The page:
Sunday, September 14, 2008

Paranoia and the border

You may remember three years ago, when several members of the House of Representatives from NC made a big deal about how members of Al Qaeda were arrested at the U.S.-Mexico border. Turns out that was false, though the "terrorists surging across an open border" has been a popular theme since 9/11.

Now, both the U.S. and Mexican governments have revealed how many Al Qaeda-linked arrests they have made: zero:

Officials from both nations say there hasn't been any sign of the southern U.S. border becoming an entry point for terrorists, as had been feared after the suicide jetliner hijackings that struck New York and Washington.

There is no sign at all of Al Qaeda in or around Mexico. Here is an even more interesting argument:

Thomas Sanderson, deputy director of the transnational threats project at the Washington-based Center for Strategic and International Studies, said al-Qaida usually sends its members through Europe because, unlike Mexico, citizens of those countries can enter U.S. territory without a visa.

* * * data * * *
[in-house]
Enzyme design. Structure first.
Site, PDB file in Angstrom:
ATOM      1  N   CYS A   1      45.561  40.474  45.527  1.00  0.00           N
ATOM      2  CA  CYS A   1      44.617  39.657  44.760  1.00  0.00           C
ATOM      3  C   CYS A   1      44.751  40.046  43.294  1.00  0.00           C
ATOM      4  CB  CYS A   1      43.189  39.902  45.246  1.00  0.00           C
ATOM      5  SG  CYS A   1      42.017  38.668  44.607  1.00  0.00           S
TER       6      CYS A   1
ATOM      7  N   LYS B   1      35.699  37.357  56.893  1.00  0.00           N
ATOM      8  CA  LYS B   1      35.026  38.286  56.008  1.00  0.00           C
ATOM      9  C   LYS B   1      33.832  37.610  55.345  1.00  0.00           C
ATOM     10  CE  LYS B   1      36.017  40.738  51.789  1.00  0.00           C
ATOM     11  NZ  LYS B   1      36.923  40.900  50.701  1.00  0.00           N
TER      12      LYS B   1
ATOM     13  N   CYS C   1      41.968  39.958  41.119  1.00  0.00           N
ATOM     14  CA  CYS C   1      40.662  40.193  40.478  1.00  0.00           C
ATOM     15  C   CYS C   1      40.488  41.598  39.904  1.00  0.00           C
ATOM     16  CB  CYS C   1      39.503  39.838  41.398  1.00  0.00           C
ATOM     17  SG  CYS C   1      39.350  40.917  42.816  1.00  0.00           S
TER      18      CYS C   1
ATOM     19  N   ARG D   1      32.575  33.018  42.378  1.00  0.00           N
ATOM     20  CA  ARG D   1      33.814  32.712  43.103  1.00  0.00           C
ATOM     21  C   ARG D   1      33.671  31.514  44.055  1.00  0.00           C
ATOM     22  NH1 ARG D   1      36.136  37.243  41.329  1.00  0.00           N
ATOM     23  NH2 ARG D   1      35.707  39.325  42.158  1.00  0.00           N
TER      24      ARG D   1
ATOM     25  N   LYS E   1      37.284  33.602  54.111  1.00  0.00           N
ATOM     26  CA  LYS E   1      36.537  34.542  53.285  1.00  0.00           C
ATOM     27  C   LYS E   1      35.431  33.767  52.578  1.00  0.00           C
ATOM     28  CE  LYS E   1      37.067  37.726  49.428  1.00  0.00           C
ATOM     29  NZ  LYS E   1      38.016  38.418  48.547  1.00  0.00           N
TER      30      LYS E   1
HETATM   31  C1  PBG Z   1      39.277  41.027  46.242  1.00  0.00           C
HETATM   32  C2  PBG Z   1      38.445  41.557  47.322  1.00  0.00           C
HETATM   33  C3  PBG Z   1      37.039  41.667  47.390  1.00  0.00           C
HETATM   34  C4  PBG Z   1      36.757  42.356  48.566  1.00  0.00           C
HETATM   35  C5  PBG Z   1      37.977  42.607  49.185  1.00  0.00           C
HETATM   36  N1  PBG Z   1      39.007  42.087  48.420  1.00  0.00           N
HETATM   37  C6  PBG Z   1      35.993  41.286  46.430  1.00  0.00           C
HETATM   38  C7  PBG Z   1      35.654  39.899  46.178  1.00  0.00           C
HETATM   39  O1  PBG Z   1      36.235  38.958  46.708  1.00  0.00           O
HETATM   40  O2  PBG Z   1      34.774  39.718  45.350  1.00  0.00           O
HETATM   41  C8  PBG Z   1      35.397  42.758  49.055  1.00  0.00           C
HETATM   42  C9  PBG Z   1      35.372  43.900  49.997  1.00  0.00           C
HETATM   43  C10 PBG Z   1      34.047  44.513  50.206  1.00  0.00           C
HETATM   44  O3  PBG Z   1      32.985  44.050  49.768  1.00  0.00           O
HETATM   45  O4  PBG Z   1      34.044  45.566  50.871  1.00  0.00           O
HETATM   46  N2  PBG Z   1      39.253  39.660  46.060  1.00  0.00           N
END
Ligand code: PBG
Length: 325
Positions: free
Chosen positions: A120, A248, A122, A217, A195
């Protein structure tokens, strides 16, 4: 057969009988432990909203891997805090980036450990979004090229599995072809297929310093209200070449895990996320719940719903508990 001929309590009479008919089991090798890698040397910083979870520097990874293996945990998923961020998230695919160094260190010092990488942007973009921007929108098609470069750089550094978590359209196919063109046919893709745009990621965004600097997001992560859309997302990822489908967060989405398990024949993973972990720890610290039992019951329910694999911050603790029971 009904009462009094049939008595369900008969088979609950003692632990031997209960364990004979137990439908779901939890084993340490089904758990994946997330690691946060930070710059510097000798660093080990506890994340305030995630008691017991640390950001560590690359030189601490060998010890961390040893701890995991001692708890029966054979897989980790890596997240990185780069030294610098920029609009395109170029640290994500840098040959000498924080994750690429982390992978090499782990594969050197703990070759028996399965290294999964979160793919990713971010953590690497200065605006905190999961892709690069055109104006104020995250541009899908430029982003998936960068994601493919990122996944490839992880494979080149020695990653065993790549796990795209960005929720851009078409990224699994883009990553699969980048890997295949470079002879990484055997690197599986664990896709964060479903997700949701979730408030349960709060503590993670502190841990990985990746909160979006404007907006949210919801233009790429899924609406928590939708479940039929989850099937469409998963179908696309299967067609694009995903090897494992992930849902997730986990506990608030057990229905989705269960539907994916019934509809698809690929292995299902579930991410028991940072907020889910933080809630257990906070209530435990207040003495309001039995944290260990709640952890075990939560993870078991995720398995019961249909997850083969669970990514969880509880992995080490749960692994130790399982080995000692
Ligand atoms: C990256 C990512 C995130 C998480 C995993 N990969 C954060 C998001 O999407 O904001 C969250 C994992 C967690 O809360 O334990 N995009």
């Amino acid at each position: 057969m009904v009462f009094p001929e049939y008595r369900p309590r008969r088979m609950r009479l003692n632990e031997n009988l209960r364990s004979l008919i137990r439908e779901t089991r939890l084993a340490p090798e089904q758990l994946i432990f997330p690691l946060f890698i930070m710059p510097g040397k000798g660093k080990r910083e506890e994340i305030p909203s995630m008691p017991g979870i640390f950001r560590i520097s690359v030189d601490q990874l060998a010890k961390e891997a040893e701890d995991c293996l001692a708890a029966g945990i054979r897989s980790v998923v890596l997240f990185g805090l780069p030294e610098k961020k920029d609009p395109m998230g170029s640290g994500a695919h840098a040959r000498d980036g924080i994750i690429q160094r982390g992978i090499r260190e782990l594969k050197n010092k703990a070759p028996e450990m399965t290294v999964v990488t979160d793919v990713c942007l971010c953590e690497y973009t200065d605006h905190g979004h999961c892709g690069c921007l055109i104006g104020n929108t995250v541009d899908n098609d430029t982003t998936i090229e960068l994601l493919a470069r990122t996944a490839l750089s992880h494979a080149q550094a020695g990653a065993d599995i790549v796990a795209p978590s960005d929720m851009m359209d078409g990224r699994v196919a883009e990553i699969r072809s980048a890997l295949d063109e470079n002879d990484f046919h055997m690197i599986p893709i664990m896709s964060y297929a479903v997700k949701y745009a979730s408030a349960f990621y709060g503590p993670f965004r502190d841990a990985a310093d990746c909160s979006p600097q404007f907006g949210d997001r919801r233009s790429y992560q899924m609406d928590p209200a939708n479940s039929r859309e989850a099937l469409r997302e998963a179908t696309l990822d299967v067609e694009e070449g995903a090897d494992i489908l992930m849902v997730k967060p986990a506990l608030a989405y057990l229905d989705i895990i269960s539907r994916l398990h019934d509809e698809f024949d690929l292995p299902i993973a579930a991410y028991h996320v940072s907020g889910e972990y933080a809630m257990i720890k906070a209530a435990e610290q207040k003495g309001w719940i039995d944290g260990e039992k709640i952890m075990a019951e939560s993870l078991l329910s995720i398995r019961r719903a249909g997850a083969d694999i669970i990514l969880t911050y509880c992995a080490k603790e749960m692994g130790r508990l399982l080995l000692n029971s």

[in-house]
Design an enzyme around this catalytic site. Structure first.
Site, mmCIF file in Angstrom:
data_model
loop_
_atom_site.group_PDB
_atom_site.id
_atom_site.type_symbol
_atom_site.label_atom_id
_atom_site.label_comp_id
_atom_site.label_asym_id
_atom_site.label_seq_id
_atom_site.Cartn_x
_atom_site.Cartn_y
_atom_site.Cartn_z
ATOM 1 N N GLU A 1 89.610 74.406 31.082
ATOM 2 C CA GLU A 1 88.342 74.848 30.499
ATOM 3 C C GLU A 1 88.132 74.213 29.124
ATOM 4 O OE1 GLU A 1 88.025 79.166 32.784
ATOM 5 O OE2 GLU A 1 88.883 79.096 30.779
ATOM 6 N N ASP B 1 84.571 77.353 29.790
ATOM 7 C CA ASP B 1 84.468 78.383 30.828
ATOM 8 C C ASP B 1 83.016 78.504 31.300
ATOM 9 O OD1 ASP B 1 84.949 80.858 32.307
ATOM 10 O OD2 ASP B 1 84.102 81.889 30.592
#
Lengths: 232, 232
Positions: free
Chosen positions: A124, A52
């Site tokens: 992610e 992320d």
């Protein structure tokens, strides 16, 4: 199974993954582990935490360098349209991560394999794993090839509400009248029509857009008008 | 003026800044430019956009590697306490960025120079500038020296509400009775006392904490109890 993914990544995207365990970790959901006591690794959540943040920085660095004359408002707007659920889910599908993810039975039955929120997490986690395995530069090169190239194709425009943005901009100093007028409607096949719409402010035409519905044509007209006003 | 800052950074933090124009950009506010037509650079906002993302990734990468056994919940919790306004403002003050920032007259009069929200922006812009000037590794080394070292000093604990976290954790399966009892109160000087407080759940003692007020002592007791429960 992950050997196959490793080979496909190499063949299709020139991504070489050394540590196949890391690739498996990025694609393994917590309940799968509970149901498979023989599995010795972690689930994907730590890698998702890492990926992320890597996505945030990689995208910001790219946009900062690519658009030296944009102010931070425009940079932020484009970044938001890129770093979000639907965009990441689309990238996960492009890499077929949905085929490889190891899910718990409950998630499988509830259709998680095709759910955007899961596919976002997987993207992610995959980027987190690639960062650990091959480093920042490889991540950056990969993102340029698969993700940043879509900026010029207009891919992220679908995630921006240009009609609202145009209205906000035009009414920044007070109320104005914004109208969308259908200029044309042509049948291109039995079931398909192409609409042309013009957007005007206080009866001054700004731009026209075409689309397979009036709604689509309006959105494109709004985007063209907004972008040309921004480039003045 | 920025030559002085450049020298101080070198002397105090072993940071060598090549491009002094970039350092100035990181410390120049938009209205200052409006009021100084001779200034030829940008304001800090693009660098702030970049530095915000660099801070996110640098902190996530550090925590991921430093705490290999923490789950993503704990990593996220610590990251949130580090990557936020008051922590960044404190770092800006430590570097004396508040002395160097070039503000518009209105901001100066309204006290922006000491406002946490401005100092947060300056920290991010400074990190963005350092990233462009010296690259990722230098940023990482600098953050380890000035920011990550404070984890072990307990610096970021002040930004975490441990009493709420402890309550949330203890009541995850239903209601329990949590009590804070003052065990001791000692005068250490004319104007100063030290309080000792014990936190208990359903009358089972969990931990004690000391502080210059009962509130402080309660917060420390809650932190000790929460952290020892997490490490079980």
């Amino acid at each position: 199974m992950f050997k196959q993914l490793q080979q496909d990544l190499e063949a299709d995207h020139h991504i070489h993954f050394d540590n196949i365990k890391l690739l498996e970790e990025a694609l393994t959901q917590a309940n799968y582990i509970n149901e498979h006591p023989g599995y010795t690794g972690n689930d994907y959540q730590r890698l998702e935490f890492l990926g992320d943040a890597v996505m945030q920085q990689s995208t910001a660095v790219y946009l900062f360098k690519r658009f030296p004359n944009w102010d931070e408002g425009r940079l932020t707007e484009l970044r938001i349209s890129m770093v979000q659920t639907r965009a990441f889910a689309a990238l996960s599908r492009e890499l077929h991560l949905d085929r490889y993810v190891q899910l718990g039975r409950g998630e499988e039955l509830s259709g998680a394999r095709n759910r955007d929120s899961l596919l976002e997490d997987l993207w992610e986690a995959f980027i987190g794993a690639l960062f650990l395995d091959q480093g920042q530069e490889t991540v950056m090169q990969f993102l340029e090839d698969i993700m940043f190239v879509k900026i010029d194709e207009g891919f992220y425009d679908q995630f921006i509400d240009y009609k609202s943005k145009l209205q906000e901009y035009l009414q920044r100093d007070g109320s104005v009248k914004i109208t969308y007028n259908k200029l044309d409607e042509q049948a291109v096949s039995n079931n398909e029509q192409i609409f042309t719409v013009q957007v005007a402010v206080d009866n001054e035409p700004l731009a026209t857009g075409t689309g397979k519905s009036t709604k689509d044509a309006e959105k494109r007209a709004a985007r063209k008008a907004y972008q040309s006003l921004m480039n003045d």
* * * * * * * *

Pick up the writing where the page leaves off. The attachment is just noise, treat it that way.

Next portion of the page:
"We are more likely to see people come in through airplanes," he said.

He also doubts al-Qaida operatives would expose themselves to organized crime or smuggling groups in Mexico. "They'd be concerned that their cover or their effort would be exposed. It's unfamiliar territory for them," he said.

In other words, it's much harder for Middle Eastern terrorists to get in through Mexico than through Europe.


boz 10:32 AM  

That said, there are a number of human trafficking rings smuggling people from the Middle East and Southeast Asia through the Mexican border. The San Antonio Express News has had some fantastic articles on how it works. They're coming for economic reasons, the same reason illegal immigrants come from all over the world.

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